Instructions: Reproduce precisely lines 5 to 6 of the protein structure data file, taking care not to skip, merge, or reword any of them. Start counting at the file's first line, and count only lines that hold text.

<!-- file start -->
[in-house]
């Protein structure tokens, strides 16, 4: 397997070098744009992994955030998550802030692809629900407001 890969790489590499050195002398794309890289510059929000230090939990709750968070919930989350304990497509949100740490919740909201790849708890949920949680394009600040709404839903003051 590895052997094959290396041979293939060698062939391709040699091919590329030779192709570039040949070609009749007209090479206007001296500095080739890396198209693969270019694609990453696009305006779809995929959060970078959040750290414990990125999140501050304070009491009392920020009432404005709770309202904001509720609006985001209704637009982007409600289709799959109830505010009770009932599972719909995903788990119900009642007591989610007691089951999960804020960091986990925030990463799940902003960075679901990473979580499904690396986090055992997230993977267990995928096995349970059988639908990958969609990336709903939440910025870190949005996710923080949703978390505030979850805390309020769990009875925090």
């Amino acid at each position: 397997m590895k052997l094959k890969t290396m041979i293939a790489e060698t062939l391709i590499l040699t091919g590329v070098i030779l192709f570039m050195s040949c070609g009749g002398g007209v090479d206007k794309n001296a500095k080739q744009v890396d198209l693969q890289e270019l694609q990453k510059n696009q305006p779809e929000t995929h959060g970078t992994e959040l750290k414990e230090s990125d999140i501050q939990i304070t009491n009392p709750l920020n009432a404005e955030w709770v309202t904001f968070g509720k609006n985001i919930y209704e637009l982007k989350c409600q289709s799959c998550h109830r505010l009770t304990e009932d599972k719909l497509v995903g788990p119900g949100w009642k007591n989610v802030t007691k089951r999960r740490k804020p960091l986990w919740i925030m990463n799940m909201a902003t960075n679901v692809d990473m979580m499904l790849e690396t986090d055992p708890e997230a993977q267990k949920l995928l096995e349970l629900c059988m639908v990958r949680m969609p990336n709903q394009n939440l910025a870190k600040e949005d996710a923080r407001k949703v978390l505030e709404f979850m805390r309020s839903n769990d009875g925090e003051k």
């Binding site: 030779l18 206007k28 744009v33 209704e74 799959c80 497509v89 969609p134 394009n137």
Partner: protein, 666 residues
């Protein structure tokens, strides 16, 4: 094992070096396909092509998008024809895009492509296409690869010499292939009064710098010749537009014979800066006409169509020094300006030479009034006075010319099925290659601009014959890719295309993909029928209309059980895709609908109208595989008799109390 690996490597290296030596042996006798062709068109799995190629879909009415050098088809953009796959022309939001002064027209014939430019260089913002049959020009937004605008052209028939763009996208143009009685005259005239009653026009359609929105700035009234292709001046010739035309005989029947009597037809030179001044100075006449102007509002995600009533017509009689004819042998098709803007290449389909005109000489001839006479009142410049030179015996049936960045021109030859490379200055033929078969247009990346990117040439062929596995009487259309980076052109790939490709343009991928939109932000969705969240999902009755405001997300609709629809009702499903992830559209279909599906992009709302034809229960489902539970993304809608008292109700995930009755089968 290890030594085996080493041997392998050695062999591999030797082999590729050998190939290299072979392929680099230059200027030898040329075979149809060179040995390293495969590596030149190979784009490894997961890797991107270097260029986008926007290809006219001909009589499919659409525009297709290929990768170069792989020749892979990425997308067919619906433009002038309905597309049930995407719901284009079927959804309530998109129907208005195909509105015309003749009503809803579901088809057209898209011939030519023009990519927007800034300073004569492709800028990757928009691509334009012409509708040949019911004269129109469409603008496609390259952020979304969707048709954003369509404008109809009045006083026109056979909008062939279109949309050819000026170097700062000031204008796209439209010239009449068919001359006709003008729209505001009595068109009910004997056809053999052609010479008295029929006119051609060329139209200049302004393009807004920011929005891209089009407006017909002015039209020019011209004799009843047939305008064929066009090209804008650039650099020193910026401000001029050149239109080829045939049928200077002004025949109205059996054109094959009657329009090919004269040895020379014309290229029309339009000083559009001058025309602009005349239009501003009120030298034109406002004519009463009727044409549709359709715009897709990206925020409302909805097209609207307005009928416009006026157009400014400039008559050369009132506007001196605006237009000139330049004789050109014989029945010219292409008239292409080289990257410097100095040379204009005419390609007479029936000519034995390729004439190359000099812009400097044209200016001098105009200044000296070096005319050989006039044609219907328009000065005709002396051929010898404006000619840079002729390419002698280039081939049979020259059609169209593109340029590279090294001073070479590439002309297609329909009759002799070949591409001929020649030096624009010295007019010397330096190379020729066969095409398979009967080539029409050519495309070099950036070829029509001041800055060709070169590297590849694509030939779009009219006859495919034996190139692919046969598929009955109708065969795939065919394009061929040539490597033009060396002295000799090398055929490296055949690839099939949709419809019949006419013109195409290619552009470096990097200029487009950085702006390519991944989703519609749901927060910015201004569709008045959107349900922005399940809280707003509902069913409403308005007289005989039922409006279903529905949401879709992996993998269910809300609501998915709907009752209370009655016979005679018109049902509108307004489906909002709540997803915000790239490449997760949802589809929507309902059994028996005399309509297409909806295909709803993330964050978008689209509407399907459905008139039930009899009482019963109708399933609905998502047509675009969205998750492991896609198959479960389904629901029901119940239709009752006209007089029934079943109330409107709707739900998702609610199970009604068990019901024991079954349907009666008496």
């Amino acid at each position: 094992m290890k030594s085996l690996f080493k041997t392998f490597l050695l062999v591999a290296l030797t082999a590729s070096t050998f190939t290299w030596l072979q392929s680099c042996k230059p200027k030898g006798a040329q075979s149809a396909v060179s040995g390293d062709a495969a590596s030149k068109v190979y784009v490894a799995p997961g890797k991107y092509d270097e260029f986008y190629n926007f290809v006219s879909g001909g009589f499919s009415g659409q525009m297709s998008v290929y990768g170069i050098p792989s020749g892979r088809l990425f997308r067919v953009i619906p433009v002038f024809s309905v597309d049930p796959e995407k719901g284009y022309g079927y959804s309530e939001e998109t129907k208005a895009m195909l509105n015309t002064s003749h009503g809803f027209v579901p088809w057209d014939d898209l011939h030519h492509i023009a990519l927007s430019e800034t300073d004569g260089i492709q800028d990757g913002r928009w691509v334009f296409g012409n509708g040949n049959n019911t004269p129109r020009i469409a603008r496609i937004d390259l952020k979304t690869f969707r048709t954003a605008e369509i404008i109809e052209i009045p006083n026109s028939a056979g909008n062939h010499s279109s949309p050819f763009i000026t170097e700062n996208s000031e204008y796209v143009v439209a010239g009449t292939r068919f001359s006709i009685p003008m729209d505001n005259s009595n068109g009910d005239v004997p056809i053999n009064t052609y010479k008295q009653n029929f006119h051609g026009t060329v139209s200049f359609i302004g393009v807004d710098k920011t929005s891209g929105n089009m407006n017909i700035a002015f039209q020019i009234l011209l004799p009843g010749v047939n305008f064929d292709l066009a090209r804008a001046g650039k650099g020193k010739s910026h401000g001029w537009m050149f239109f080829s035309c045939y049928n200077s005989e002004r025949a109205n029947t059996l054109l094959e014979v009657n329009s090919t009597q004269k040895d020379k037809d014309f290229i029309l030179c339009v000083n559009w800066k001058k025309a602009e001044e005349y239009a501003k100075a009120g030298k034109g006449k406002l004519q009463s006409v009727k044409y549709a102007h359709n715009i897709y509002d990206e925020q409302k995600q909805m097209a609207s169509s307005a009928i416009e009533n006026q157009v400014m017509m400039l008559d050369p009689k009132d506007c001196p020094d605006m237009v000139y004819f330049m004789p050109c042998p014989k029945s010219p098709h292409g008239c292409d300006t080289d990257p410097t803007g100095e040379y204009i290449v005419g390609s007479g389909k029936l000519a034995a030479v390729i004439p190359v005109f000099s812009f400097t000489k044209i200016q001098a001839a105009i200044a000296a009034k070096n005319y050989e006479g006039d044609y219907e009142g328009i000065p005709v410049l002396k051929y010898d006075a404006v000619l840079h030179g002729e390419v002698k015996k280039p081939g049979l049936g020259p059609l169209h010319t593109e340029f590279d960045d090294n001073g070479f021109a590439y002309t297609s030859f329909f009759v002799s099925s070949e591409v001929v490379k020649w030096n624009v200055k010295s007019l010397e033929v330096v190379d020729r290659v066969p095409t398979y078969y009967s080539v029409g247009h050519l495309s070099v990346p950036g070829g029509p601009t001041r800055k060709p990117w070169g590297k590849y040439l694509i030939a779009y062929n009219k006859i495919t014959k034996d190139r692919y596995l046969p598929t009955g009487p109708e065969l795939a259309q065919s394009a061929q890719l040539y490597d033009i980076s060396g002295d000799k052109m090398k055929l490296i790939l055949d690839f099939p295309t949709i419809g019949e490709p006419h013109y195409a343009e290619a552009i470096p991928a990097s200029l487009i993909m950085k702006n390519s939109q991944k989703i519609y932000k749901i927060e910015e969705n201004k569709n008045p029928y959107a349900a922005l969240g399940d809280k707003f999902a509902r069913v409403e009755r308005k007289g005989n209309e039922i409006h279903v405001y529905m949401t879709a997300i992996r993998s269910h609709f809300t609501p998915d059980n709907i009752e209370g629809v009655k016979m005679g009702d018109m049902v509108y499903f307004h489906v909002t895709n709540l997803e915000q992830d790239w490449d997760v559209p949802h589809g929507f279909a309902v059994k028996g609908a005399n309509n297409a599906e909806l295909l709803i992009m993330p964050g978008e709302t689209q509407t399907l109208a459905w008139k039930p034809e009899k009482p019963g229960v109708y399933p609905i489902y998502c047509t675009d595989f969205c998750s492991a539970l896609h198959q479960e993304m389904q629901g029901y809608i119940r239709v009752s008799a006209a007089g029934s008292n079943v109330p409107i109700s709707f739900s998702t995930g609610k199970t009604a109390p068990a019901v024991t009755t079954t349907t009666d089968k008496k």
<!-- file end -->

Partner: protein, 666 residues
């Protein structure tokens, strides 16, 4: 094992070096396909092509998008024809895009492509296409690869010499292939009064710098010749537009014979800066006409169509020094300006030479009034006075010319099925290659601009014959890719295309993909029928209309059980895709609908109208595989008799109390 690996490597290296030596042996006798062709068109799995190629879909009415050098088809953009796959022309939001002064027209014939430019260089913002049959020009937004605008052209028939763009996208143009009685005259005239009653026009359609929105700035009234292709001046010739035309005989029947009597037809030179001044100075006449102007509002995600009533017509009689004819042998098709803007290449389909005109000489001839006479009142410049030179015996049936960045021109030859490379200055033929078969247009990346990117040439062929596995009487259309980076052109790939490709343009991928939109932000969705969240999902009755405001997300609709629809009702499903992830559209279909599906992009709302034809229960489902539970993304809608008292109700995930009755089968 290890030594085996080493041997392998050695062999591999030797082999590729050998190939290299072979392929680099230059200027030898040329075979149809060179040995390293495969590596030149190979784009490894997961890797991107270097260029986008926007290809006219001909009589499919659409525009297709290929990768170069792989020749892979990425997308067919619906433009002038309905597309049930995407719901284009079927959804309530998109129907208005195909509105015309003749009503809803579901088809057209898209011939030519023009990519927007800034300073004569492709800028990757928009691509334009012409509708040949019911004269129109469409603008496609390259952020979304969707048709954003369509404008109809009045006083026109056979909008062939279109949309050819000026170097700062000031204008796209439209010239009449068919001359006709003008729209505001009595068109009910004997056809053999052609010479008295029929006119051609060329139209200049302004393009807004920011929005891209089009407006017909002015039209020019011209004799009843047939305008064929066009090209804008650039650099020193910026401000001029050149239109080829045939049928200077002004025949109205059996054109094959009657329009090919004269040895020379014309290229029309339009000083559009001058025309602009005349239009501003009120030298034109406002004519009463009727044409549709359709715009897709990206925020409302909805097209609207307005009928416009006026157009400014400039008559050369009132506007001196605006237009000139330049004789050109014989029945010219292409008239292409080289990257410097100095040379204009005419390609007479029936000519034995390729004439190359000099812009400097044209200016001098105009200044000296070096005319050989006039044609219907328009000065005709002396051929010898404006000619840079002729390419002698280039081939049979020259059609169209593109340029590279090294001073070479590439002309297609329909009759002799070949591409001929020649030096624009010295007019010397330096190379020729066969095409398979009967080539029409050519495309070099950036070829029509001041800055060709070169590297590849694509030939779009009219006859495919034996190139692919046969598929009955109708065969795939065919394009061929040539490597033009060396002295000799090398055929490296055949690839099939949709419809019949006419013109195409290619552009470096990097200029487009950085702006390519991944989703519609749901927060910015201004569709008045959107349900922005399940809280707003509902069913409403308005007289005989039922409006279903529905949401879709992996993998269910809300609501998915709907009752209370009655016979005679018109049902509108307004489906909002709540997803915000790239490449997760949802589809929507309902059994028996005399309509297409909806295909709803993330964050978008689209509407399907459905008139039930009899009482019963109708399933609905998502047509675009969205998750492991896609198959479960389904629901029901119940239709009752006209007089029934079943109330409107709707739900998702609610199970009604068990019901024991079954349907009666008496």